What You Need to Know
- An ex-rep pleaded guilty to one count each of conspiracy to commit wire fraud and securities fraud.
- The rep and others used websites resembling legitimate firms' sites to solicit investors in fake CDs, prosecutors said.
A former registered representative pleaded guilty on Wednesday for his role in a $50 million fraud scheme involving phony certificates of deposit, according to court documents and the Justice Department.
On the same day, the Securities and Exchange Commission said the ex-rep was the latest person it charged for allegedly participating in a long-running fraudulent scheme to lure investors into buying fictitious CDs. The scheme resulted in victims, mainly older adults investing their retirement savings, losing at least $40 million, the SEC alleged, filing a complaint in U.S. District Court for the District of New Jersey.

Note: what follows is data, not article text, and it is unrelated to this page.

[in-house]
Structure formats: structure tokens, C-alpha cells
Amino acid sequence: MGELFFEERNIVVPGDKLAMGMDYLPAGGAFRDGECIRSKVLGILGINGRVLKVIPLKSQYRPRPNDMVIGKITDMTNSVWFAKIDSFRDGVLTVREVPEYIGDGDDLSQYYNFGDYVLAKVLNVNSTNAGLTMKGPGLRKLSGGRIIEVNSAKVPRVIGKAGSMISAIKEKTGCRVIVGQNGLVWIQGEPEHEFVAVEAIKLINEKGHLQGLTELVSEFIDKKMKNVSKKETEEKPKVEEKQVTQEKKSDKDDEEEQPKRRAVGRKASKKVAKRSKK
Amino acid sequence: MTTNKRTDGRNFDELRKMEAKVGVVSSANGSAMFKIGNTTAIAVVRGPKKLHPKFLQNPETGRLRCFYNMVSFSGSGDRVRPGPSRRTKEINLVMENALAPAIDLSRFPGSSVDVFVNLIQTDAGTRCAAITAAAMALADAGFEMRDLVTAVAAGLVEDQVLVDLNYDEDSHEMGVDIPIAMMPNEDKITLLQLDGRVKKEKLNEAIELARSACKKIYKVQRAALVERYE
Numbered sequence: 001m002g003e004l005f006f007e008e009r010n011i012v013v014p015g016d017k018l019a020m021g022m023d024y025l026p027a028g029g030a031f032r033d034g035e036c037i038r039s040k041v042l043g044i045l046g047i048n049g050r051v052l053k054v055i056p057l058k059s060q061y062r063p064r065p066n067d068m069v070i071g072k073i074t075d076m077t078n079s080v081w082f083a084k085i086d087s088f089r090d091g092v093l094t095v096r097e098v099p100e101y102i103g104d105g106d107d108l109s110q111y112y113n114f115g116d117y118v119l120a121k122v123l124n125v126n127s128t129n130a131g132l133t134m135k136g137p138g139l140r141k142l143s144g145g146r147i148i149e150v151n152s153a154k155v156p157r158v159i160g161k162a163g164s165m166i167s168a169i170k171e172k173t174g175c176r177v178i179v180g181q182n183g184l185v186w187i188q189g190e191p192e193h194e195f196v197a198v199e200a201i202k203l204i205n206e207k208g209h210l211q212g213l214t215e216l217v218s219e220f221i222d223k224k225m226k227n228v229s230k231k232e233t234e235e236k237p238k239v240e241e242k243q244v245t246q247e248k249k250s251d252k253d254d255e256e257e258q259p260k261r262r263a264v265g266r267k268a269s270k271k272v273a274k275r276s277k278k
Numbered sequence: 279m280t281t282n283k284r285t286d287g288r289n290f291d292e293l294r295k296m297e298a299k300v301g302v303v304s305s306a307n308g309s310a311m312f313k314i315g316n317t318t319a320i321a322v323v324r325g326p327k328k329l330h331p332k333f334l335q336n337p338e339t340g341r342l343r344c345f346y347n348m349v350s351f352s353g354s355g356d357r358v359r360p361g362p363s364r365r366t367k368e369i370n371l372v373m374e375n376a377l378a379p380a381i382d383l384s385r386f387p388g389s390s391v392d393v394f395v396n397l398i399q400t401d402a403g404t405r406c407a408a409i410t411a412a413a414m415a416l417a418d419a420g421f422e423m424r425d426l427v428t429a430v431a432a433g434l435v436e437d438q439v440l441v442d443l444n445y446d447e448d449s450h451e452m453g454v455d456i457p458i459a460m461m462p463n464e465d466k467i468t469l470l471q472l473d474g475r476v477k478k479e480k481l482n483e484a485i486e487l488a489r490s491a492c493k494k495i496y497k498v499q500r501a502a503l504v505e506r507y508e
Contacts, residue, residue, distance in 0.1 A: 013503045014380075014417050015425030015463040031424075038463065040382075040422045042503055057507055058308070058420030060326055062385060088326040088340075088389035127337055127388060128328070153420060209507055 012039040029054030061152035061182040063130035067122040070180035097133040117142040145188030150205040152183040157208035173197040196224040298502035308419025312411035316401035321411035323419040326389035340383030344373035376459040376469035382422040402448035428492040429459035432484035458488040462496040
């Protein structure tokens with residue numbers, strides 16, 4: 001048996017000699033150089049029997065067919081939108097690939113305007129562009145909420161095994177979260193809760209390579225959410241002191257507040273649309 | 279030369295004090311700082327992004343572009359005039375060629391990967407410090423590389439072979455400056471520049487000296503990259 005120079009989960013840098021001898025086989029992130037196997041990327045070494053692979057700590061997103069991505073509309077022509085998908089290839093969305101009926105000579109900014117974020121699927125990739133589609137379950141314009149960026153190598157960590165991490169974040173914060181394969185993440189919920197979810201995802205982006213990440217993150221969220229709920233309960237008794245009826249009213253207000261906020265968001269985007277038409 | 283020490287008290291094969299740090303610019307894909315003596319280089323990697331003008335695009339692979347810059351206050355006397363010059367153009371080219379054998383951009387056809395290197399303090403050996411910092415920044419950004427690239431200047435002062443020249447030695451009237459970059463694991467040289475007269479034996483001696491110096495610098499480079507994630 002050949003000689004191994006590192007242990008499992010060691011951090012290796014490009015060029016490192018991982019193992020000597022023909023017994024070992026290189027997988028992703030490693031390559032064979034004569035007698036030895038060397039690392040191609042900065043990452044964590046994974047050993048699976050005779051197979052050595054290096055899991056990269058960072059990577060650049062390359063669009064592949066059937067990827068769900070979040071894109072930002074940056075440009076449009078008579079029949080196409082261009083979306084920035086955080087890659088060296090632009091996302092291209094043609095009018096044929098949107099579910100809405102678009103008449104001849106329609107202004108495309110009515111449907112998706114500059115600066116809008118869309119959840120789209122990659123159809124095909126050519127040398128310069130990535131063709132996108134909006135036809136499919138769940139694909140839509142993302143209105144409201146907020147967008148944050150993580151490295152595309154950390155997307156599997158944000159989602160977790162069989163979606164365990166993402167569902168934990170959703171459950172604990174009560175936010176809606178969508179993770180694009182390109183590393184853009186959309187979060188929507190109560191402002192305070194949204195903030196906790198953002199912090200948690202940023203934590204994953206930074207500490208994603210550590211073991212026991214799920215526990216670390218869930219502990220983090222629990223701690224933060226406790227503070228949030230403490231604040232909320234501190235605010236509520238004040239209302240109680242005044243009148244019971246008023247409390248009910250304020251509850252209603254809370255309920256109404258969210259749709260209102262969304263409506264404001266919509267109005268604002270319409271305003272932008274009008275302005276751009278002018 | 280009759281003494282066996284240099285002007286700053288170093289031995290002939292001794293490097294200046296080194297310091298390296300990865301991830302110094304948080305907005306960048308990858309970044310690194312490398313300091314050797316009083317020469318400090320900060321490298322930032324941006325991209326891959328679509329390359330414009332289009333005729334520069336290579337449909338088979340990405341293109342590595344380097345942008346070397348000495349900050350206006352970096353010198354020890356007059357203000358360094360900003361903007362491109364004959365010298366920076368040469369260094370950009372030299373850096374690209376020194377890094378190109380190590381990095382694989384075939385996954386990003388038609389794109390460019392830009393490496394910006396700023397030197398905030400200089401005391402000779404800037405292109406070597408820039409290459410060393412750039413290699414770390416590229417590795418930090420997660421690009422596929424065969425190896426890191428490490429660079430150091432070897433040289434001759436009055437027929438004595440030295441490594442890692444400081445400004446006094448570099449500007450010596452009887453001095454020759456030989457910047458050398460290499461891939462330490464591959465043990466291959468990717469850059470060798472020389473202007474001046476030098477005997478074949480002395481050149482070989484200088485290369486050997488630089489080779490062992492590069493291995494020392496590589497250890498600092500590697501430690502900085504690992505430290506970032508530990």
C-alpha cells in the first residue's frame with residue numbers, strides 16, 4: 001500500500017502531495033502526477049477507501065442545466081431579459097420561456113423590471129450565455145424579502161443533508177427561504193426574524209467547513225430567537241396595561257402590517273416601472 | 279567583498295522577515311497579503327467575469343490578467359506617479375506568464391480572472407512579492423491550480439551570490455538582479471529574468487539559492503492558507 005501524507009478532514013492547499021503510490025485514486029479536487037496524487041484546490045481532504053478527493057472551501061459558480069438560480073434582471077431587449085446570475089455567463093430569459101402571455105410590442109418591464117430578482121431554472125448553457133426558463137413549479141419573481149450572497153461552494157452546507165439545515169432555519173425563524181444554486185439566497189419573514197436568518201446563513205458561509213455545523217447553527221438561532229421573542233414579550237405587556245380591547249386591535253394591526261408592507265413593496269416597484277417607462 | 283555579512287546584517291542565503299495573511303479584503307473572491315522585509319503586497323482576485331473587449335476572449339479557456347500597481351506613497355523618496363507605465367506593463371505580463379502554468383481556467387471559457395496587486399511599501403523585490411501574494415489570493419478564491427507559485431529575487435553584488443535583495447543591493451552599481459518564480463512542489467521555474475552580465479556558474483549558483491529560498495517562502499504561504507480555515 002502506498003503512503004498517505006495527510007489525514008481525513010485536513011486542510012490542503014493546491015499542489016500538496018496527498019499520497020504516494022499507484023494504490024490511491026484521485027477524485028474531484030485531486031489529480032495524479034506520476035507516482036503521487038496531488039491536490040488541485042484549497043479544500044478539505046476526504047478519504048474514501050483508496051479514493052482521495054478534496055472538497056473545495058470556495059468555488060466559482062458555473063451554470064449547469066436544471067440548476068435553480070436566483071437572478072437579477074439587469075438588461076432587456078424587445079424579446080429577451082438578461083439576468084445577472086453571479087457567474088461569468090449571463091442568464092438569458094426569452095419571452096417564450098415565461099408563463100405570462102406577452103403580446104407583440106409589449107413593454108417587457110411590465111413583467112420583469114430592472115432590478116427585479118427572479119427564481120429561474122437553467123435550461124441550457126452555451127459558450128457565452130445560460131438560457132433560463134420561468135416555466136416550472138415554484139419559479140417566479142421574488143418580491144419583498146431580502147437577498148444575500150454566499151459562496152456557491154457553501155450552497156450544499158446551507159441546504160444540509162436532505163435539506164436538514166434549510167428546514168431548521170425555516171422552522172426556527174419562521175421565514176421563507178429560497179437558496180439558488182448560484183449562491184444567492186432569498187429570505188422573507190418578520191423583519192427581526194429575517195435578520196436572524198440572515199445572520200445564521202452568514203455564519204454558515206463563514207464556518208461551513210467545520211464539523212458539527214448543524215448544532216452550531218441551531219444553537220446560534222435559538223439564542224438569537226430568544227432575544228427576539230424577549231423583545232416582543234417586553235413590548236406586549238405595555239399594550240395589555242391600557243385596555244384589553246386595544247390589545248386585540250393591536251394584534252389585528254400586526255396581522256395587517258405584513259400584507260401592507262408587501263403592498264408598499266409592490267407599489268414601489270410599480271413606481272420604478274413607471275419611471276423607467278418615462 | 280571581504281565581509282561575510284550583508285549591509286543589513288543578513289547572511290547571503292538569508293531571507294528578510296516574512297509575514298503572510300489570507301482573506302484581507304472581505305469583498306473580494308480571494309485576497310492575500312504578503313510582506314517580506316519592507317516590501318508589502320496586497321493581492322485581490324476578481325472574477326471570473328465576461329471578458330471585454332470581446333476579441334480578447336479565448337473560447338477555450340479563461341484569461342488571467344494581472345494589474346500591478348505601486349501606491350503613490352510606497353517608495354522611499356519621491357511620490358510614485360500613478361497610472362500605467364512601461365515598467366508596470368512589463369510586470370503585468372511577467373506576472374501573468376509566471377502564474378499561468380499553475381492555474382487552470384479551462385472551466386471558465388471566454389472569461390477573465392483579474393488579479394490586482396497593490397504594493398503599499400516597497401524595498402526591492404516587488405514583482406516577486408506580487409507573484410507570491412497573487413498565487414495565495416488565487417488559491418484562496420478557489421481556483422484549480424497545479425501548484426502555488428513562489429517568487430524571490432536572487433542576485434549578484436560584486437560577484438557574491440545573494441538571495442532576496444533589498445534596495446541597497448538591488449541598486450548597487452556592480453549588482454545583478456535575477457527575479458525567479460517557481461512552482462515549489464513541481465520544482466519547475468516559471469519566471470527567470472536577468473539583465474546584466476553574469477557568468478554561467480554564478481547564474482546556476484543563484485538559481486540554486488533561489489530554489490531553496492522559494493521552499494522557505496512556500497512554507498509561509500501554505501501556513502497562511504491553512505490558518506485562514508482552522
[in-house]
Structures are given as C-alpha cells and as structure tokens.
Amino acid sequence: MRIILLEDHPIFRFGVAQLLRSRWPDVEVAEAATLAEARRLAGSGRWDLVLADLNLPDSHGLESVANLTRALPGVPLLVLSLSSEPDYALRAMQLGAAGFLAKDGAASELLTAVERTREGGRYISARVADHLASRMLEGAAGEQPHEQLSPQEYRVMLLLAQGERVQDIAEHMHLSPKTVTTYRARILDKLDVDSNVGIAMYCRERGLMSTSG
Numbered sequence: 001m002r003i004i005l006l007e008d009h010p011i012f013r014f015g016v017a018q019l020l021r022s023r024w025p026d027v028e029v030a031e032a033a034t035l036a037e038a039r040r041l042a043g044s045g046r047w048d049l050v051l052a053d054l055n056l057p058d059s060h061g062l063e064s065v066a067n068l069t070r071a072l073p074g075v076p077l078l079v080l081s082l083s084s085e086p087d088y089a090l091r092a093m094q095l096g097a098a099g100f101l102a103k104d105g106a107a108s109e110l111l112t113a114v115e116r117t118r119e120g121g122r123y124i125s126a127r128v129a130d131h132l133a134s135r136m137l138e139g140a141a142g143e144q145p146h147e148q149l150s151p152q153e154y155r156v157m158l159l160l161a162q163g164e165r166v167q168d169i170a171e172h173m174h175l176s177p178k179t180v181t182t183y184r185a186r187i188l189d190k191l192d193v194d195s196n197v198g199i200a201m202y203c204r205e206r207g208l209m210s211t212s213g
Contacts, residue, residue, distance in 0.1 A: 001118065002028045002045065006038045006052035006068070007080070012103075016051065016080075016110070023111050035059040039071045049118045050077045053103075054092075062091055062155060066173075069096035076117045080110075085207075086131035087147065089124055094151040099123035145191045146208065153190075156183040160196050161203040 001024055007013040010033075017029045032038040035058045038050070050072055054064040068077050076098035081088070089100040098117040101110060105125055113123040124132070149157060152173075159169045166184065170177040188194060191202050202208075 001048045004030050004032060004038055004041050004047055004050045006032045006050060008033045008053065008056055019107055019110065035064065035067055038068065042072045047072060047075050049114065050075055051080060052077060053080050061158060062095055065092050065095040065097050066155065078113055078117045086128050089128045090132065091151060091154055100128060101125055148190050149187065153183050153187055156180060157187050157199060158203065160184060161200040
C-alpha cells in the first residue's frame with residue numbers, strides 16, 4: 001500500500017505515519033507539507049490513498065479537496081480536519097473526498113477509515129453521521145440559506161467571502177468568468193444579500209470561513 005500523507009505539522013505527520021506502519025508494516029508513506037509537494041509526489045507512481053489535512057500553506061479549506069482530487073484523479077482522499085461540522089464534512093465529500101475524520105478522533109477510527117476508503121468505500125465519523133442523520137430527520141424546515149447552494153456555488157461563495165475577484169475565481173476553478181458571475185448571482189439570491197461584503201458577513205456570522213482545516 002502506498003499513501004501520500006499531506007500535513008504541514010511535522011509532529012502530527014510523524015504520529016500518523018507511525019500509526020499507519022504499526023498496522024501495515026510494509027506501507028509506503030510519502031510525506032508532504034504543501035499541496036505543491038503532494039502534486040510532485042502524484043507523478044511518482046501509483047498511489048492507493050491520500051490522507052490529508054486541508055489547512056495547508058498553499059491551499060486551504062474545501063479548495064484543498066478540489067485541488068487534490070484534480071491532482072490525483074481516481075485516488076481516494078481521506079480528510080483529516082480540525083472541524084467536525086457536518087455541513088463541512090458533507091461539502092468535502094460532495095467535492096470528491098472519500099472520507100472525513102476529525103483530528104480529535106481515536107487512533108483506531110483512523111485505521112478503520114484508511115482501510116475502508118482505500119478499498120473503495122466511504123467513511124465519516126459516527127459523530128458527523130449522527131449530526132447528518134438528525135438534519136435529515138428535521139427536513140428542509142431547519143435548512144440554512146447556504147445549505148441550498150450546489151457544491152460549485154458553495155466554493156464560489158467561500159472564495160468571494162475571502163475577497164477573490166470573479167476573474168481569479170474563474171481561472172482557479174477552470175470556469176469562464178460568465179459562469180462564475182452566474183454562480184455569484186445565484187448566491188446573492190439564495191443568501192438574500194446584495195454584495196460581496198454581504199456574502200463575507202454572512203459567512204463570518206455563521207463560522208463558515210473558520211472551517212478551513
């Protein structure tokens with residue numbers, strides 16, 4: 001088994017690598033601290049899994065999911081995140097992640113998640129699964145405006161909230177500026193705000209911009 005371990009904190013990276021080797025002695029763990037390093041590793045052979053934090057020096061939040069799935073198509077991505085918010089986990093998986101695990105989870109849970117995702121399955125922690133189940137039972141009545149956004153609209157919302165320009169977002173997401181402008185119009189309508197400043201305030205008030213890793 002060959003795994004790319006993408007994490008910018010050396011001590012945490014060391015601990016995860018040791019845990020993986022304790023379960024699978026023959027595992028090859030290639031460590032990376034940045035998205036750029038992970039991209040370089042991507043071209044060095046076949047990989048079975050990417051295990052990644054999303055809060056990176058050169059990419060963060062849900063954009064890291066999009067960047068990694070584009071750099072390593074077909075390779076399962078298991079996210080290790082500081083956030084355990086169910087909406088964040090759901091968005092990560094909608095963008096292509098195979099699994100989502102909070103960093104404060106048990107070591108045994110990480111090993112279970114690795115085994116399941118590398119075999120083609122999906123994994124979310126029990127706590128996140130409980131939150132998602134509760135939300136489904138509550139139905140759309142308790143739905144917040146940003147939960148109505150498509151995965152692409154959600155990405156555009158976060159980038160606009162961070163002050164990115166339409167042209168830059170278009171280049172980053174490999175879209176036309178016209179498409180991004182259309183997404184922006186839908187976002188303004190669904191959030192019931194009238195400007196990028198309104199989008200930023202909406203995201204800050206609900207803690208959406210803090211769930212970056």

Allen Giltman, 56, of Irvine, California, pleaded guilty by videoconference before Judge John Michael Vazquez in U.S. District Court for the District of New Jersey to an information charging him with one count of conspiracy to commit wire fraud and one count of conspiracy to commit securities fraud.
According to documents filed in the Justice Department’s case and statements made in court, from 2012 to October 2020, Giltman and others engaged in a scheme involving the creation of fraudulent websites to solicit funds from investors.
The fraudulent websites were, at times, designed to closely resemble websites of well-known financial institutions, according to the FBI, which filed a complaint against Giltman on Oct. 26, 2020.
“In multiple instances involving Fraud Websites that spoofed websites maintained by actual financial institutions, the Fraud Contact impersonated an actual employee of the financial institution whose name and imagery were depicted on the Fraud Website and used the real employee’s name and FINRA Central Registration Depository number,” according to the Justice Department’s complaint.
At other times, the fraudulent websites were designed to resemble legitimate-seeming financial institutions that didn’t even exist, according to Philip R. Sellinger, U.S. Attorney for New Jersey.